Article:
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Irreversible Bilateral Ureteral Obstruction From Intravesical Formaldehyde Solution

Paul G. Fishbein; Donna K. McCurdy, MD; Ralph D. DeFronzo, MD; John J. Murphy, MD
JAMA. 1974;228(7):872. doi:10.1001/jama.1974.03230320042029.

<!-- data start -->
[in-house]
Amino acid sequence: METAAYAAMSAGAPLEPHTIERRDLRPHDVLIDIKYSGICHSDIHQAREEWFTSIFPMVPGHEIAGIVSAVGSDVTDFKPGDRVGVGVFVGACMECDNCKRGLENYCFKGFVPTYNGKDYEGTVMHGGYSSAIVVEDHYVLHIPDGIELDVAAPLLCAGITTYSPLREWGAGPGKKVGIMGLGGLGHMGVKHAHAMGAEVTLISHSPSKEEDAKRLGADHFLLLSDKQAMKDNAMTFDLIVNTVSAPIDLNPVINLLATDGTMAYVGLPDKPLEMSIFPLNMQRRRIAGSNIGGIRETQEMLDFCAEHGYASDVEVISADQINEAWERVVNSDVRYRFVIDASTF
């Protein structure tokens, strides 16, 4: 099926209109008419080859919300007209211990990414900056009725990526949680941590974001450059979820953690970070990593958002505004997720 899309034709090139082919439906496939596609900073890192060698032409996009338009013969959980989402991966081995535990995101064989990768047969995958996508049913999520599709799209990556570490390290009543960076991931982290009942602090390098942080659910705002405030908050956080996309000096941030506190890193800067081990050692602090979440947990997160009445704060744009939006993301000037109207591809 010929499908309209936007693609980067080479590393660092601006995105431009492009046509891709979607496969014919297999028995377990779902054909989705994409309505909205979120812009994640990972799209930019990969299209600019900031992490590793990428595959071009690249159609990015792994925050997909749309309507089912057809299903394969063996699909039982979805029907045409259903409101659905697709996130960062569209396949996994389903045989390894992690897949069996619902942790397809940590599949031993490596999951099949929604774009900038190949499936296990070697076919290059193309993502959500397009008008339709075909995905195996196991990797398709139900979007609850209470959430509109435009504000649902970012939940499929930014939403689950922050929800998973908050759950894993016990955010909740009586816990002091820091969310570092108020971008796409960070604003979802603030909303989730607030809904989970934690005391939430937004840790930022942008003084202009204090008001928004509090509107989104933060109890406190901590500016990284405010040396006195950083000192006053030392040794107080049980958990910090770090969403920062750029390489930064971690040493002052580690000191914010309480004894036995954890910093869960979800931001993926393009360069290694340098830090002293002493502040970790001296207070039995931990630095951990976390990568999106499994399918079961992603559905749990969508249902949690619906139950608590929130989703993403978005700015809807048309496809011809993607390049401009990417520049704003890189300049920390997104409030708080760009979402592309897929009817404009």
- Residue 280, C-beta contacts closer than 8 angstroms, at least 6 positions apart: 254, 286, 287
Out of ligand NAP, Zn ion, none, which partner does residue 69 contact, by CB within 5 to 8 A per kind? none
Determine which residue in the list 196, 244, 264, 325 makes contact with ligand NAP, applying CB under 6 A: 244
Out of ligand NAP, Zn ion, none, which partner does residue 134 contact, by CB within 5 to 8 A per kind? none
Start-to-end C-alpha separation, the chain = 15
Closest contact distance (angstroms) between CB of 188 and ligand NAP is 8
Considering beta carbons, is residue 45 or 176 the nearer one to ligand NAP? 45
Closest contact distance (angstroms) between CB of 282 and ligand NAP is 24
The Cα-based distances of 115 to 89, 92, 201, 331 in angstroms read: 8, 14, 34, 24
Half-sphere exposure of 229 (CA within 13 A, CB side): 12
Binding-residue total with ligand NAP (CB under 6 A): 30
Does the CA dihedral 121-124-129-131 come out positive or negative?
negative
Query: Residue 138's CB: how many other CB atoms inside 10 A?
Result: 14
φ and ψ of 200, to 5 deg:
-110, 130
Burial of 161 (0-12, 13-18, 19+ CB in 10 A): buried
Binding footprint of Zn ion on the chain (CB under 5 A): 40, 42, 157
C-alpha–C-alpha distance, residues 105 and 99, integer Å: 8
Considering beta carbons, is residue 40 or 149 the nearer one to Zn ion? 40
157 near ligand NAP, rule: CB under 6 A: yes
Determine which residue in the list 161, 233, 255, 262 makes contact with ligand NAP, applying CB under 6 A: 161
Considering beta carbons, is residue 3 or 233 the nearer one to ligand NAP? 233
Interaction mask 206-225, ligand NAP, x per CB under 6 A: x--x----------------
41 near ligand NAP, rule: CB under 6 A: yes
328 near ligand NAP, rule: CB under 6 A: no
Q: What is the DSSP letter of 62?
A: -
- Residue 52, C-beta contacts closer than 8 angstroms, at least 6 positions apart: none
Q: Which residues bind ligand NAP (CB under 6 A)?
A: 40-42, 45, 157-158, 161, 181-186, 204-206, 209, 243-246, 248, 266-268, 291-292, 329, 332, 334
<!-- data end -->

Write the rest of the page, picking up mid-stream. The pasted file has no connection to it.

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HEMORRHAGIC cystitis can be a life-threatening problem in patients with pelvic malignancy. Bladder lavage to remove clots, transfusions, and fulguration of identifiable bleeding sites may work in some patients. Others may respond only to urinary diversion, hypogastric artery ligation, or total cystectomy. Unfortunately, patients who are debilitated, have extensive local disease, or have had previous irradiation are poor surgical candidates. To control bladder hemorrhage in these inoperable patients, Brown first reported bladder irrigation with formaldehyde solution in 1968.1 Since then, 60 patients who have undergone this procedure have been reported. Treatment was successful in 54, and only one serious complication, papillary necrosis, has occurred. Lest this remarkable success tempt urologists to use formaldehyde solution in patients with nonterminal conditions, who might still respond to other measures, we report a case of oliguric renal failure following intravesical formaldehyde solution (3.7% formaldehyde) instillation—apparently due to irreversible damage to both ureters.



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